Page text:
Failing Urolift after brachytherapy and radiation. Any thing else possible besides TURP?

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As stated, Urolift slowly failing with reducing stream. Cancer treatment last fall and winter with retention after brachytherapy in August so self-catherization from August until February which was very life limiting. Alpha blockers are out because of heart issues and low BP. Anybody else in a similar situation? Is there a possible less invasive procedure than TURP that might work? 70 years old and already had multiple surgeries requiring general anesthesia so would prefer to avoid negative cognitive consequences of lenghty anesthesia. Anyone else had similar problem that was resolved?

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  • Posted

    Had a bipolar TURP in April and was offered either general or spinal. Went for general. Have had spinal before with no issues. You said "avoid negative cognitive consequences of lenghty anesthesia". I had no issues whatsoever with my general. I am 73. My TURP was very easy, pain free, and so far effective. Only issue was the Foley catheter in for 3 days after. I was in and out of the hospital in 4.5 hours. Previous to this operation I had a PAE in 2017 with only sedative, and HD Brachytherapy in 2014 - two treatment session and each with a spinal.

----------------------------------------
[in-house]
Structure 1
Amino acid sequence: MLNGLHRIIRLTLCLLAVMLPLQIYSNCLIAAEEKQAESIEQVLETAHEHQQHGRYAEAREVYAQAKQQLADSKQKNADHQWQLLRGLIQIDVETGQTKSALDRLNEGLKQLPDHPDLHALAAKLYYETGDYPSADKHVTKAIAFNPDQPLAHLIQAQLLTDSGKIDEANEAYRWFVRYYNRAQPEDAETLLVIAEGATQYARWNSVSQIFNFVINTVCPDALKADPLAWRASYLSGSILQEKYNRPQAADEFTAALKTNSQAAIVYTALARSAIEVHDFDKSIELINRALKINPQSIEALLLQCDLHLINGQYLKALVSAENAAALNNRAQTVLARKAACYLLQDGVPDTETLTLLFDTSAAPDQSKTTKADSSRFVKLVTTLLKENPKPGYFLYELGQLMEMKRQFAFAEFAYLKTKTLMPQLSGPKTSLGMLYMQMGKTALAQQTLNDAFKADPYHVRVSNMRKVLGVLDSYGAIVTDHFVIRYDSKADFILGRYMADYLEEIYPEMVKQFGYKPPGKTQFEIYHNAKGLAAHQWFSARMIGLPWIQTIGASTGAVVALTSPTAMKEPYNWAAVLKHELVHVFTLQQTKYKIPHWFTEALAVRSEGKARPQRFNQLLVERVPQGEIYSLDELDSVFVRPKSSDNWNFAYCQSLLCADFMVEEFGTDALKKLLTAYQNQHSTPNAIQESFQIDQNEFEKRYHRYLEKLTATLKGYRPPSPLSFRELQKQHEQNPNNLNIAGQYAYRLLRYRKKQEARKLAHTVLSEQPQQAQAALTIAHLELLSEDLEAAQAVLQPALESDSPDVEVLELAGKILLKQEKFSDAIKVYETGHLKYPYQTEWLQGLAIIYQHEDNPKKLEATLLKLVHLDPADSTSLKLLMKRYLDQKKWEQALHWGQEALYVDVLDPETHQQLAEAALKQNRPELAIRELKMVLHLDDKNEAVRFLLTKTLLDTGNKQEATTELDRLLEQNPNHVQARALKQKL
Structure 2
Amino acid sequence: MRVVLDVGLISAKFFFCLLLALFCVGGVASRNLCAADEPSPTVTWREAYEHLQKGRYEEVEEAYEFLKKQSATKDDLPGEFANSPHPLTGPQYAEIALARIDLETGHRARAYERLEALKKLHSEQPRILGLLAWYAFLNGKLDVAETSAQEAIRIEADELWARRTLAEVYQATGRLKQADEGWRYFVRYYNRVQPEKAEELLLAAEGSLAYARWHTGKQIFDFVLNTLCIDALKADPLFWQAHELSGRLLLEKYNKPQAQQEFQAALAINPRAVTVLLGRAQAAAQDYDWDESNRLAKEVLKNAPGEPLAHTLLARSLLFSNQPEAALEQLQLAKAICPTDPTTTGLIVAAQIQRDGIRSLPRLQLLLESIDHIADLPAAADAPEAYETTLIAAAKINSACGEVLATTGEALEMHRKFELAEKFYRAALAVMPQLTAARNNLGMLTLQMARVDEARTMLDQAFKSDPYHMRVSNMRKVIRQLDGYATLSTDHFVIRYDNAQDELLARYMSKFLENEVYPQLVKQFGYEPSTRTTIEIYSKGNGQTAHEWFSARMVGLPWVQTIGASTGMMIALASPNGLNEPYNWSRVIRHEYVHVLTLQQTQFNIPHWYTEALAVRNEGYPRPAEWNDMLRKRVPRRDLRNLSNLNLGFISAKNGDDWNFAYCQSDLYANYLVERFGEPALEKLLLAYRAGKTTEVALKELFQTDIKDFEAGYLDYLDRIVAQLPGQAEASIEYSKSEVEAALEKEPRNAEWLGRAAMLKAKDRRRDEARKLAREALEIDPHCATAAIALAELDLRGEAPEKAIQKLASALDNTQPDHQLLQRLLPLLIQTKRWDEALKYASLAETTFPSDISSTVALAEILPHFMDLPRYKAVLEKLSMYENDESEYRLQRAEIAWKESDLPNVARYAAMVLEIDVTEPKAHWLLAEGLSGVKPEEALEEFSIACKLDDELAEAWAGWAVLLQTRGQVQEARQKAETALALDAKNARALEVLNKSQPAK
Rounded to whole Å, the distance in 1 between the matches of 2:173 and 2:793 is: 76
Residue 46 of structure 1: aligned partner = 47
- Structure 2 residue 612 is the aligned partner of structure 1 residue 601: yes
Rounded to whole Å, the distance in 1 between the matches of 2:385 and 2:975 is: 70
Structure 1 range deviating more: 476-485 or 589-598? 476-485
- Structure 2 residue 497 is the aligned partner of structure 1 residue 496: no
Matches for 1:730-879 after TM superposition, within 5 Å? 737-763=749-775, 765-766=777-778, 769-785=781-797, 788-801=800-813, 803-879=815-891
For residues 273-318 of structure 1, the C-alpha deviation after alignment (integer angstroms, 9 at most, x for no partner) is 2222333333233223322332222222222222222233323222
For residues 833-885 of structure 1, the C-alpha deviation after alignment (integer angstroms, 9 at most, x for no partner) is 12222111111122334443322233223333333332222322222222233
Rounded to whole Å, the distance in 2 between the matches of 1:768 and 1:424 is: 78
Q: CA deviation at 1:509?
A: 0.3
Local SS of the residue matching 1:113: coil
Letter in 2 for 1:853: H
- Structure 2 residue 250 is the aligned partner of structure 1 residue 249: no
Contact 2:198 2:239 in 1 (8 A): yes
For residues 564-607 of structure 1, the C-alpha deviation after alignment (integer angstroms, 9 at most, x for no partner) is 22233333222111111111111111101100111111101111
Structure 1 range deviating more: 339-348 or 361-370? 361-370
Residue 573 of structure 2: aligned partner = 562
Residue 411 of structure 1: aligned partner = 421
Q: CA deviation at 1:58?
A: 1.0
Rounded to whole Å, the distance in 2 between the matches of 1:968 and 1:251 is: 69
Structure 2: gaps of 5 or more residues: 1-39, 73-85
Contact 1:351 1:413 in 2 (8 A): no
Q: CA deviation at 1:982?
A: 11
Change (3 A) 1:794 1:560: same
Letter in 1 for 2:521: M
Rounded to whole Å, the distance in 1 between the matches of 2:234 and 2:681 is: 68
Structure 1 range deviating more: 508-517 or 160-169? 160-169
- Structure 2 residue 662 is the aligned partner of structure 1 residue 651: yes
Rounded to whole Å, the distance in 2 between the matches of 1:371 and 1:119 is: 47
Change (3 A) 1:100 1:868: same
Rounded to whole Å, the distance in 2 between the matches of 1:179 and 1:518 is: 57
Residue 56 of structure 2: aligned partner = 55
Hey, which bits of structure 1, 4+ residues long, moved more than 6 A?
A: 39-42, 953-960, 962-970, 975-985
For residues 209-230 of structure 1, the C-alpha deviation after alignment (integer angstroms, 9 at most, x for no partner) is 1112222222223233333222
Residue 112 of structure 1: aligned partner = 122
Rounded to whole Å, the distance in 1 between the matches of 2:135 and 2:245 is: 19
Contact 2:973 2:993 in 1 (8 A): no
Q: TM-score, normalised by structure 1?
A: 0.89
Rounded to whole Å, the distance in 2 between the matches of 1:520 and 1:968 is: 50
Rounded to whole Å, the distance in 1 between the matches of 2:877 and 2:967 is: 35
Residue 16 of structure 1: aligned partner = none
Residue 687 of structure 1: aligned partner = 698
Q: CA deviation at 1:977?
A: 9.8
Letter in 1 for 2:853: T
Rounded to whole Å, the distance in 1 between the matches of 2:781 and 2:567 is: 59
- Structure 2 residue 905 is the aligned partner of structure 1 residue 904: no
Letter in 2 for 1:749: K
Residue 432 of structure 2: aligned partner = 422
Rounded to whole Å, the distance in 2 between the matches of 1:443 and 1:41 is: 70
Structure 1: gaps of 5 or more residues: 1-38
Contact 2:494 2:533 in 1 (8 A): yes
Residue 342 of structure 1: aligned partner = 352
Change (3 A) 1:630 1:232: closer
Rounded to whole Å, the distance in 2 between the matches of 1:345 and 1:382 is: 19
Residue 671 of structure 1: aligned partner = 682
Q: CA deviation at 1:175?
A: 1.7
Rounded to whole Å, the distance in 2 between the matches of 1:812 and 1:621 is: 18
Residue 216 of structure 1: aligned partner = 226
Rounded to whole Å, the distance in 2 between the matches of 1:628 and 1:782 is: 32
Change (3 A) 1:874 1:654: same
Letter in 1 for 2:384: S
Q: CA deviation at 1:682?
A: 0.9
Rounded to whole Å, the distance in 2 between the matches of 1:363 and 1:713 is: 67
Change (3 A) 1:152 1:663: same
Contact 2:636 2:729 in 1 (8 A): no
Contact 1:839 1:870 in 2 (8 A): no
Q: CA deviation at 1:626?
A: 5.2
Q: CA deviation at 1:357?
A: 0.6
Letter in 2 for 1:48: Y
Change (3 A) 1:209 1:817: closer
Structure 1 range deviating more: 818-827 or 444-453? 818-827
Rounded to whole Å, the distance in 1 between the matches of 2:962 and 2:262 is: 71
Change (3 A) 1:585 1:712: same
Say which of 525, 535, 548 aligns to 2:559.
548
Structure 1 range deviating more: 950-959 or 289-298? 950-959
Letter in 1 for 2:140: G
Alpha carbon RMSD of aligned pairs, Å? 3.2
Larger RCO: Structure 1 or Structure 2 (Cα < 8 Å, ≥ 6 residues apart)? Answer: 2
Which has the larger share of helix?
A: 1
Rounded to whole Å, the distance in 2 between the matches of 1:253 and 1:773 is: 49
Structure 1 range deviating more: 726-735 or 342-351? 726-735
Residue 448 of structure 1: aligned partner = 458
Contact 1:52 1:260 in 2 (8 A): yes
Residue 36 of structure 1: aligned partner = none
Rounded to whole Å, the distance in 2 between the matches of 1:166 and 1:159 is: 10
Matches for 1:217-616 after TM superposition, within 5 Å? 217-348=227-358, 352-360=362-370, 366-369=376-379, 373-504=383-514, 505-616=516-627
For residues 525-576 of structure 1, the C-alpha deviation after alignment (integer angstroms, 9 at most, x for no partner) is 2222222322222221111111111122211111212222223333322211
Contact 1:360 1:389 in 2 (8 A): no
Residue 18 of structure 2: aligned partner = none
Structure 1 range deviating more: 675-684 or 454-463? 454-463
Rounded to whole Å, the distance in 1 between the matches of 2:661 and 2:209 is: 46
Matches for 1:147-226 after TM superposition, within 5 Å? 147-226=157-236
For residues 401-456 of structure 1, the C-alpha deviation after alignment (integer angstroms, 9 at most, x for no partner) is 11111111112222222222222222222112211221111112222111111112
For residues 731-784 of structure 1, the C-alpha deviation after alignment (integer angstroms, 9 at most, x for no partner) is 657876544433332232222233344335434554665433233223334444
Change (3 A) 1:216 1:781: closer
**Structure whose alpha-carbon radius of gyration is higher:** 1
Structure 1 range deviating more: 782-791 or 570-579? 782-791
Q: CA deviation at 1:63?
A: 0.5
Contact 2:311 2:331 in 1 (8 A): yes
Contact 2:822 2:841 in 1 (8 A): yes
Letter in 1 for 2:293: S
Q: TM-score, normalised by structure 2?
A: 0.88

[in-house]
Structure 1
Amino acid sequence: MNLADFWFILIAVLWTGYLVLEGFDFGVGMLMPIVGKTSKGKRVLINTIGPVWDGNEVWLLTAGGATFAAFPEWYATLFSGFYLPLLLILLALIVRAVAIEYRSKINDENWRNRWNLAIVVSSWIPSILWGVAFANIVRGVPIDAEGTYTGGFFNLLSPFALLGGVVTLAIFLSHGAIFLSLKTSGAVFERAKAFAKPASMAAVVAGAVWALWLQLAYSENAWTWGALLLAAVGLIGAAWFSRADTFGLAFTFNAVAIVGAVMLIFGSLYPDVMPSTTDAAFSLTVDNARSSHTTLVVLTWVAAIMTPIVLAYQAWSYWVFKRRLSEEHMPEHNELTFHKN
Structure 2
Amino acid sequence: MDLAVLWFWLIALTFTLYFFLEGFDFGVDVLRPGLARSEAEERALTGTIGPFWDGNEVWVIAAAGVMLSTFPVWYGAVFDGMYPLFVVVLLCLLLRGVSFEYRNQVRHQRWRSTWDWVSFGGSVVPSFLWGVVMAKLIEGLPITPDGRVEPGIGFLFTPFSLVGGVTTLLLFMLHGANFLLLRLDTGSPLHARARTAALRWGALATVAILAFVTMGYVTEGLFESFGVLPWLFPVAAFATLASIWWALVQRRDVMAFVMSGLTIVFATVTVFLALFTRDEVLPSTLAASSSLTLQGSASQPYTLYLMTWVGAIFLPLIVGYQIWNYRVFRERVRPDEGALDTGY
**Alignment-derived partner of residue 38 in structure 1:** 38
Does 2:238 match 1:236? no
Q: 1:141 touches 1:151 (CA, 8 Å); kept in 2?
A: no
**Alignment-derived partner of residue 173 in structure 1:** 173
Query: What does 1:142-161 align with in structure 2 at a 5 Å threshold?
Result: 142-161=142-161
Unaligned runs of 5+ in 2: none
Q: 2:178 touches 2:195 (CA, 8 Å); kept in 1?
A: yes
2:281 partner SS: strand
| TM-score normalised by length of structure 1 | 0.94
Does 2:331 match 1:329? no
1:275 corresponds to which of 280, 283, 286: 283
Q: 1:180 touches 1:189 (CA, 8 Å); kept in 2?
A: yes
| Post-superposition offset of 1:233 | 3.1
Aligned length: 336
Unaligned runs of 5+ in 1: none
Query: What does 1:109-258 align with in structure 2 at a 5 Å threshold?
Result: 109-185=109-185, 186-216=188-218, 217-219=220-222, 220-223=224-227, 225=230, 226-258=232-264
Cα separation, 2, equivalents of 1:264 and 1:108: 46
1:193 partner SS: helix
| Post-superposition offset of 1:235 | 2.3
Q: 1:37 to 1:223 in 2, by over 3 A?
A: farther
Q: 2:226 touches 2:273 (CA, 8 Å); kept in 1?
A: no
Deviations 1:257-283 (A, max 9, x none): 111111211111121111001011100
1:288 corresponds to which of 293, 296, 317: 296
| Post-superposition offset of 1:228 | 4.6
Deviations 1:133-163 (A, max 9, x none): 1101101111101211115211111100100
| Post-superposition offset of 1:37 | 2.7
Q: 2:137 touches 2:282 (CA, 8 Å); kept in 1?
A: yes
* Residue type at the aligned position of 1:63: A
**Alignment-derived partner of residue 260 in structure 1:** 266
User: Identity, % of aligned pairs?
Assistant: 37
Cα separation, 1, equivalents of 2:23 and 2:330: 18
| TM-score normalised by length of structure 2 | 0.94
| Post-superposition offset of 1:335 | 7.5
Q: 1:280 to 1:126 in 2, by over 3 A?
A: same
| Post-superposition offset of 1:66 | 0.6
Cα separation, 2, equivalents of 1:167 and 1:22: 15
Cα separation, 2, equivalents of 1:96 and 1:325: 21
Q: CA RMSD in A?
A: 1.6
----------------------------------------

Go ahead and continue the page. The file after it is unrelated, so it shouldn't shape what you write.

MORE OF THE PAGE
Tom

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  • Posted

    Good luck, I'm also looking for the next best procedure. I had Urolift and then had 2 out of 6 clips removed because they were protruding into my bladder. I had good flow after that for about a month then slowly went back to pre-urolift. So full TURP will be the next thing unless I can find some better next procedure.

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  • Posted

    I had FLA for PCa/BPH with Dr.K in Houston, about 6 weeks ago, I am peeing at average flow of 13.7ml/sec after FLA, it was about 5 before, very happy with this outcome, no side effects except retro

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    • Posted

      very simple, you just measure how many seconds it takes to fill up whatever container you are using, and volume of urine in this container, divide the volume by seconds to get ml/sec, I take few measurements and get average, first grade exercise

      from Google:

      Normal Results

      Normal values vary depending on age and sex. In men, urine flow declines with age. Women have less change with age.